Urban Oases: Angel Investors Edition

Where to live and pay taxes for a VC in Europe
Barbara Krassner
🇬🇪 Uniborn Team
4 min read

While San Francisco Bay may still be the go-to destination for VCs, Europe has emerged as a formidable contender. In this dynamic arena, cities like Stockholm, Berlin, Amsterdam, and Dublin have also found a recipe for startup triumph, combining a vibrant entrepreneurial spirit, access to talent and technology, and government incentives. 

No wonder there's tons of information on where to launch a startup in Europe, but surprisingly little on where an investor could settle. Of course these two worlds overlap, but at Uniborn we decided to collect the best local hubs especially for aspiring angel investors.

Power places for founders (and thus investors)

Let's first look at what savvy people are saying about the prime playgrounds for entrepreneurs (because, let’s be honest, what venture capitalists will do in a place with no visionary founders, right?).

According to the latest fundraising rankings from PitchBook, the reigning champ of VC action is none other than the UK's bubbling capital, London. It has dominated for more than a decade, but the competition is heating up. In the first quarter of this year, London secured the lion's share with 45% of all investment raised in the top five European cities, with Paris hot on its heels with 25%. Berlin came in third with nearly 17%, while Tel Aviv and Munich rounded out the top five.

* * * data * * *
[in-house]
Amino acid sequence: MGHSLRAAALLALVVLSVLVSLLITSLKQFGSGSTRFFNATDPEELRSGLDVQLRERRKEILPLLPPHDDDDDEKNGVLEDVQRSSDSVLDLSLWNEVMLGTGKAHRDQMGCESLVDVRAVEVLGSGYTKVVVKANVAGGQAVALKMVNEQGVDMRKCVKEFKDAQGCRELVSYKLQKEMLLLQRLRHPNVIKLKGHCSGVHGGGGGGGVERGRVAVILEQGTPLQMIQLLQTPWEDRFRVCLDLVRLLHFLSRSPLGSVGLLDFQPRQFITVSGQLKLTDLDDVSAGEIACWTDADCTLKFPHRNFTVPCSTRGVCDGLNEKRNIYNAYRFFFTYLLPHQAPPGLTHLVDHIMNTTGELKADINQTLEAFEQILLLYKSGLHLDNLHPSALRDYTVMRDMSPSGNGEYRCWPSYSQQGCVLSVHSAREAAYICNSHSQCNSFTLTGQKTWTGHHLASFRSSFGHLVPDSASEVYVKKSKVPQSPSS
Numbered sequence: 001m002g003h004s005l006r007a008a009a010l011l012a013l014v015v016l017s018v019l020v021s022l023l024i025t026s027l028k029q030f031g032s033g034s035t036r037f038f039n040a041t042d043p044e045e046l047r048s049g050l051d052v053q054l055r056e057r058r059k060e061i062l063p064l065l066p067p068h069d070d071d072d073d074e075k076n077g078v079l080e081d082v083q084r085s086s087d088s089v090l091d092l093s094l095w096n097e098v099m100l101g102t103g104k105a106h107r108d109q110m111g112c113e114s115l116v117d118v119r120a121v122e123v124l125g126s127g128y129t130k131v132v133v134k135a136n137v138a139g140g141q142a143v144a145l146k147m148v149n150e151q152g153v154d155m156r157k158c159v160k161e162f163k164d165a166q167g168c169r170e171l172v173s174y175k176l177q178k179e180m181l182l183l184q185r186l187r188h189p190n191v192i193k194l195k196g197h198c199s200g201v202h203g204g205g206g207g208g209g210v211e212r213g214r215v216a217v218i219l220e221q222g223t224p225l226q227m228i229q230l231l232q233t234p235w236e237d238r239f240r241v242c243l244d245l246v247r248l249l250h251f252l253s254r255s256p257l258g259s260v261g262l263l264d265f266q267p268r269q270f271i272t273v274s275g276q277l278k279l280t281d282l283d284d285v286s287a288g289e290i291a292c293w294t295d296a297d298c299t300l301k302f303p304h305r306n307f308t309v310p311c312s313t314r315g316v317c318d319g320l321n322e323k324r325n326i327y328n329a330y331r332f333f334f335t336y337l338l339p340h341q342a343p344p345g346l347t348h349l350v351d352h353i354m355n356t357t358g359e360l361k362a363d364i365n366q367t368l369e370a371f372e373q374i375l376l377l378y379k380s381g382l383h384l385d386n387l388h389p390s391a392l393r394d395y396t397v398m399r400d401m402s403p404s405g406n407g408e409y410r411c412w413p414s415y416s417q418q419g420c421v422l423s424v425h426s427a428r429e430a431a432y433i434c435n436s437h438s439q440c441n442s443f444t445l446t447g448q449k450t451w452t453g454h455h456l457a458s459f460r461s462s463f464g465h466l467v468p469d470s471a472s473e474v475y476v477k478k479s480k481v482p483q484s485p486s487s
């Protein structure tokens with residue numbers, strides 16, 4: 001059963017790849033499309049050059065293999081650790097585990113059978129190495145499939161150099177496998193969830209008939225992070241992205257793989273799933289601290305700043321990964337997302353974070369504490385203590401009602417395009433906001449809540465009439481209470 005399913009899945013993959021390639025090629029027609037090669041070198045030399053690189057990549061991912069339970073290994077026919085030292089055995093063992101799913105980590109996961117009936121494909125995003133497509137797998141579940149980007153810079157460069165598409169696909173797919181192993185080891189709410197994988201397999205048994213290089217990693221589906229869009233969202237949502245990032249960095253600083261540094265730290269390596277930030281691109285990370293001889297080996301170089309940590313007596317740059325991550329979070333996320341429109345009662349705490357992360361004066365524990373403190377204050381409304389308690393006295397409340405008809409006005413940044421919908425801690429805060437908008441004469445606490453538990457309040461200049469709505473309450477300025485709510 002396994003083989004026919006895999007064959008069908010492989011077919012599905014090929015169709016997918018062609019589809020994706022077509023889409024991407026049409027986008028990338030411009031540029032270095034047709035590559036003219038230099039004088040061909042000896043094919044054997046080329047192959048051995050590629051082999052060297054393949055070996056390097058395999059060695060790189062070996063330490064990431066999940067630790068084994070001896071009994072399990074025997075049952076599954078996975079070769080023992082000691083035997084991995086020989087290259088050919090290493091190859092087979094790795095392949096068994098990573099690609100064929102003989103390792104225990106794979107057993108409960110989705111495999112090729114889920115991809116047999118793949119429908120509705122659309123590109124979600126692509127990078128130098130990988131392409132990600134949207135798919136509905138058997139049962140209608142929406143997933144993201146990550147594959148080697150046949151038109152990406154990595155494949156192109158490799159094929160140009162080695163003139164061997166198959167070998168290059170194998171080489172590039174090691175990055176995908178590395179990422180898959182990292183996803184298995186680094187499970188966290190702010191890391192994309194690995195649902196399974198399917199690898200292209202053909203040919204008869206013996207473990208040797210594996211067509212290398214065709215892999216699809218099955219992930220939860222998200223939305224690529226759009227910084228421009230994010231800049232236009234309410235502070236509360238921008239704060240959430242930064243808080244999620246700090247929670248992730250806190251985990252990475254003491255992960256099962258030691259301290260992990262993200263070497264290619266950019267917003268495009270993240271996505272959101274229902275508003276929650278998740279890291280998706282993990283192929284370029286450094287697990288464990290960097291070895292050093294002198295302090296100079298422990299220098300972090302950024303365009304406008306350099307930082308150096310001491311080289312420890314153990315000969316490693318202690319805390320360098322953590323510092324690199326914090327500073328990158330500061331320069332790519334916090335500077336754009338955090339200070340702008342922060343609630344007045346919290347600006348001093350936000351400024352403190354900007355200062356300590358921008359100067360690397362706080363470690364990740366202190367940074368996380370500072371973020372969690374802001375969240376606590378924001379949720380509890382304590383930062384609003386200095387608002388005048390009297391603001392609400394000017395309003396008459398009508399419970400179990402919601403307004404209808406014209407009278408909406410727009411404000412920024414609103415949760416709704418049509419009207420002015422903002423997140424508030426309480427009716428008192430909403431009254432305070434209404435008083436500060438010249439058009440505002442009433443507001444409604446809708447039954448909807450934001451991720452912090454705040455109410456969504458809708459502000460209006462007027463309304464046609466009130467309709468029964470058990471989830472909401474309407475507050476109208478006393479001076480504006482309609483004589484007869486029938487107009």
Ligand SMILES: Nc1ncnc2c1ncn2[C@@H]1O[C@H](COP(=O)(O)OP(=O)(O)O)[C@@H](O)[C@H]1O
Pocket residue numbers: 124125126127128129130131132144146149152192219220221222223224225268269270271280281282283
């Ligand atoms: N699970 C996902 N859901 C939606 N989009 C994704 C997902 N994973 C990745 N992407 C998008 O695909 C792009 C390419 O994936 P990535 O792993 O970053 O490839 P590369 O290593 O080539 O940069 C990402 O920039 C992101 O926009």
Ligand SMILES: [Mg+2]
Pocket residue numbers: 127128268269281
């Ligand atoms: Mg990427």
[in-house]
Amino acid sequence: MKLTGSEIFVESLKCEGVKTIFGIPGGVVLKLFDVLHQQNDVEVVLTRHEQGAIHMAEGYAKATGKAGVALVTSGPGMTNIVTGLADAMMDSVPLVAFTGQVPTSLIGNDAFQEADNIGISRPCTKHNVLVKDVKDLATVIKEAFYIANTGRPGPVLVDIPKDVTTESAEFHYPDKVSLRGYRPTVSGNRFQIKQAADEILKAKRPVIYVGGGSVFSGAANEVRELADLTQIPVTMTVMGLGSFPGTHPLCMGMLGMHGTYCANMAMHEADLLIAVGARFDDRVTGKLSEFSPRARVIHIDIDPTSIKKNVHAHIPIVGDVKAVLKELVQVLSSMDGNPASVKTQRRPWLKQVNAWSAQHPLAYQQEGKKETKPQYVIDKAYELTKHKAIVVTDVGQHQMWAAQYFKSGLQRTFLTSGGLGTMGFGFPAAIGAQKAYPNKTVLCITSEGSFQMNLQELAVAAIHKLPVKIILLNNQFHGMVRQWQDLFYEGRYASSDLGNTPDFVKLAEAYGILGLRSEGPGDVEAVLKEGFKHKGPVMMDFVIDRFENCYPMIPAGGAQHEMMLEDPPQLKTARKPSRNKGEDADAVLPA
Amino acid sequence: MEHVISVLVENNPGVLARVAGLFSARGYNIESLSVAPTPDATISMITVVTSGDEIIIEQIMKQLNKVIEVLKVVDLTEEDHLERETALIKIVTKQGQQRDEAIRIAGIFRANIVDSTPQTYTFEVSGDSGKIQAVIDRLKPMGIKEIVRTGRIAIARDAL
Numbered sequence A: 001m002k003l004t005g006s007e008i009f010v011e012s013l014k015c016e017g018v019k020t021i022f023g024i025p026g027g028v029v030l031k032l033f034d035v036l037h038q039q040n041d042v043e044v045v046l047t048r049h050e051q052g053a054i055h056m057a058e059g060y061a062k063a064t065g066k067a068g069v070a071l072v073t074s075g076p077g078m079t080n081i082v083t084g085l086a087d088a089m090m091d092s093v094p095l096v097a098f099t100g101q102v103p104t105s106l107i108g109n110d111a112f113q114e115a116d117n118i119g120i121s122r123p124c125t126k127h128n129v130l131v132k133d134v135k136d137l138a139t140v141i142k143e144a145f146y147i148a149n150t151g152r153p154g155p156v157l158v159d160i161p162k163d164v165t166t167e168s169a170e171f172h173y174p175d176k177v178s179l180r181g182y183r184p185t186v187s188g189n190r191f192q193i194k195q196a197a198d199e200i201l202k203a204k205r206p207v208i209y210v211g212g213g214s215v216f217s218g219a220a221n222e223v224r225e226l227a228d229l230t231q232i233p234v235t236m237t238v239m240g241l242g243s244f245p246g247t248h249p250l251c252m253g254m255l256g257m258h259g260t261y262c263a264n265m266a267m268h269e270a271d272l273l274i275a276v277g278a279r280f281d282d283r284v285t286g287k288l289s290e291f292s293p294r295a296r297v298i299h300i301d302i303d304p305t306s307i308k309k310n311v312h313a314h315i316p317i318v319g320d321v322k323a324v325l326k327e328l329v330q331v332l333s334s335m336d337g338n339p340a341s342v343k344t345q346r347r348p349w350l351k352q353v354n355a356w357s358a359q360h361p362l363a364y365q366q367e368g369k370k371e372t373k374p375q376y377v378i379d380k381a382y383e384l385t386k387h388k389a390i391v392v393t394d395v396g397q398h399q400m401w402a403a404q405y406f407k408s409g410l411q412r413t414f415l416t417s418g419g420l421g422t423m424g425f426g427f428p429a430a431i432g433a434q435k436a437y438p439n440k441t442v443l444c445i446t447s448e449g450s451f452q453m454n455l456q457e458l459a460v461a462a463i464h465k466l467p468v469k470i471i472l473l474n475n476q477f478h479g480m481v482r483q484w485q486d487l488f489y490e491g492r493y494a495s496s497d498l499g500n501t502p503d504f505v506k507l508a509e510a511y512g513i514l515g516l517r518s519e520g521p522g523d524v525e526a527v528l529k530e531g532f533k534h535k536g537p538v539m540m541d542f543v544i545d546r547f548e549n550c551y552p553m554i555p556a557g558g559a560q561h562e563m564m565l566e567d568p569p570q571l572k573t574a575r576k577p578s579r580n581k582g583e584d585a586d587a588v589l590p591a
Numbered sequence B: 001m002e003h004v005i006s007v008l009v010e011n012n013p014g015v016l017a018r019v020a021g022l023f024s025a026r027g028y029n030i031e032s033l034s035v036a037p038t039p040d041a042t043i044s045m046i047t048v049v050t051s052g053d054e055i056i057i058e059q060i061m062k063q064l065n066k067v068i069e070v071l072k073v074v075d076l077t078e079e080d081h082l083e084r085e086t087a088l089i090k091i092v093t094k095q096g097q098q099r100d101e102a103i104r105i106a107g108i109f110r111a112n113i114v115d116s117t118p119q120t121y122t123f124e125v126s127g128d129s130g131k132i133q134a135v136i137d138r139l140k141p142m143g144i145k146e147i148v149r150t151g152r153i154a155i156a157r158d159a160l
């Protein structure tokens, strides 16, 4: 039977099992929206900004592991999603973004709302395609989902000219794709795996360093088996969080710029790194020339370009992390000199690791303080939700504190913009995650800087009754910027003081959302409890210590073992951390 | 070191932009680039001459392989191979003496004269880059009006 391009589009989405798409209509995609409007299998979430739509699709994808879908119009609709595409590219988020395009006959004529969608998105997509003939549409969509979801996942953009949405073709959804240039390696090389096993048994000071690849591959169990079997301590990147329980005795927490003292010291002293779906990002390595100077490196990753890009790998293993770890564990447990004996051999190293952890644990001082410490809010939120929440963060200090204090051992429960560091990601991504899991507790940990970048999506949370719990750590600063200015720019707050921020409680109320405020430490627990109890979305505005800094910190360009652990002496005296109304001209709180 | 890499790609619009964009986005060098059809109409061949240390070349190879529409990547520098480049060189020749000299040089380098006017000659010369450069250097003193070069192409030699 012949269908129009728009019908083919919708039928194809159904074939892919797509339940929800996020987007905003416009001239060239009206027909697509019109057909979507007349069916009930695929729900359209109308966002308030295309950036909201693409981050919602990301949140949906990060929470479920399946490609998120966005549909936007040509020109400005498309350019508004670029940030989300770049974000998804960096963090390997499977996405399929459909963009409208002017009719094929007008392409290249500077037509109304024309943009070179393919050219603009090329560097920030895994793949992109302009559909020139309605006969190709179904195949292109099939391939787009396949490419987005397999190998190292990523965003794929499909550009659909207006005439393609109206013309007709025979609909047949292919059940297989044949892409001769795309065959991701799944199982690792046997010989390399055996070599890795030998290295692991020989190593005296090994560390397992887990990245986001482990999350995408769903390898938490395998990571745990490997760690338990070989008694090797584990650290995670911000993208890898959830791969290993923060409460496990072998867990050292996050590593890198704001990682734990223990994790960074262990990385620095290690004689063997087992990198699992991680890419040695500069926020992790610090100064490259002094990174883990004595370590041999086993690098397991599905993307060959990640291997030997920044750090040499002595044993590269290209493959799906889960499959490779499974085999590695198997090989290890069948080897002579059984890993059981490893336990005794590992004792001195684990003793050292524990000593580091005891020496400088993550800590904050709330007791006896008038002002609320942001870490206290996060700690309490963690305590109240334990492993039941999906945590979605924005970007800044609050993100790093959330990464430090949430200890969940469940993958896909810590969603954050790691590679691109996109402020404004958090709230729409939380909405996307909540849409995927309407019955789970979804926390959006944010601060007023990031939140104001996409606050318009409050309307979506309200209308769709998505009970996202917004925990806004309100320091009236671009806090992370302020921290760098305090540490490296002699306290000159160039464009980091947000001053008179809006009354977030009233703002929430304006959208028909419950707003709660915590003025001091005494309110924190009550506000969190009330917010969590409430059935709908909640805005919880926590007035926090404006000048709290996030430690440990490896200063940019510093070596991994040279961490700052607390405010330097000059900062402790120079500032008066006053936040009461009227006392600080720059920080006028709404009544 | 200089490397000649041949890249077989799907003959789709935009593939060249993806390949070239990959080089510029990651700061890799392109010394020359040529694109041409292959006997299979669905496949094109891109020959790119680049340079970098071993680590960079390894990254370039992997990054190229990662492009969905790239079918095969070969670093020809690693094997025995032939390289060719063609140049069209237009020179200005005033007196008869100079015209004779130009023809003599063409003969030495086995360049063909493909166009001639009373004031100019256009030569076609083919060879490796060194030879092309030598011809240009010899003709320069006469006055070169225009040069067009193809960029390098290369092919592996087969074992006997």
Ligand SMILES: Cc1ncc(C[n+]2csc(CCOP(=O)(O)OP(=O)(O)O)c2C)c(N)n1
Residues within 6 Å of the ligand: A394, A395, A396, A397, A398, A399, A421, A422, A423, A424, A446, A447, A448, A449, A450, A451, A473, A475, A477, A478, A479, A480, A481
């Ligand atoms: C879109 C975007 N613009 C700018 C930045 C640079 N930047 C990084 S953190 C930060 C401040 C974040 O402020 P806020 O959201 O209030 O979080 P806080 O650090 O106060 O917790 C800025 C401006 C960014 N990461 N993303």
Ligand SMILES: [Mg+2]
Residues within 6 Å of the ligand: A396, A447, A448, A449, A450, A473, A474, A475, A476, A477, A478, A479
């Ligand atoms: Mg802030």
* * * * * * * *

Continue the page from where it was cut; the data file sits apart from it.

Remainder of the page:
In 2022, London was also a powerhouse, boasting an impressive 52% (that's a whopping €26.6 billion), while Paris claimed 16% (that's €8.2 billion), and Berlin brought in just under 12% (€6.1 billion). At the time, Stockholm joined the top ranks instead of Munich.

How VC money allocation is changing in Europe. (Image: PitchBook)
How VC money allocation is changing in Europe. (Image: PitchBook)

But it's not all about the cash flow, is it? We have to consider the startup ecosystems. Startup Genome's verdict? London is still the undisputed king. On a global scale, it is second only to Silicon Valley sharing its spot with New York. And then we have Tel Aviv that snuck into fifth place (yes, we know it's not technically Europe, but their VC scenes intermingle so often that you could be sipping coffee in Tel Aviv while investing in the Baltics).

Once we run past the top ten, EU cities pop up. Berlin holds 13th place, Amsterdam nabs the 14th spot, and Paris comfortably resides at 18th. Keep an eye on Zurich, too — to break the top 30 this year, it had to climb ten positions, marking one of the most notable improvements in Europe.

Startupblink echoes the sentiment, hailing the British, French, German, Swedish, and Dutch capitals as top European startup hubs. EU-Startups is on board with this notion, too.

And for those looking for slightly off-the-radar but promising destinations, TravelPerk highlights gems like Barcelona, Ljubljana, Prague, Lisbon, Athens, Florence, and Hamburg. EU-Startups’ team complements this list with Helsinki, Dublin, Tallinn, and Copenhagen.

Capitals or no capitals — that is the question

As you see, the VC world tends to revolve around capital cities. They are epicenters where startup accelerators thrive, groundbreaking conferences and competitions unfold, and top-notch universities exist — the realities of urban centralization.

Take a look at this visualization of funding flows in US cities.  The pattern is crystal clear — the focal points overlap with the most self-sufficient and dynamic cities.

Image: Analysis by Harvard researchers
Image: Analysis by Harvard researchers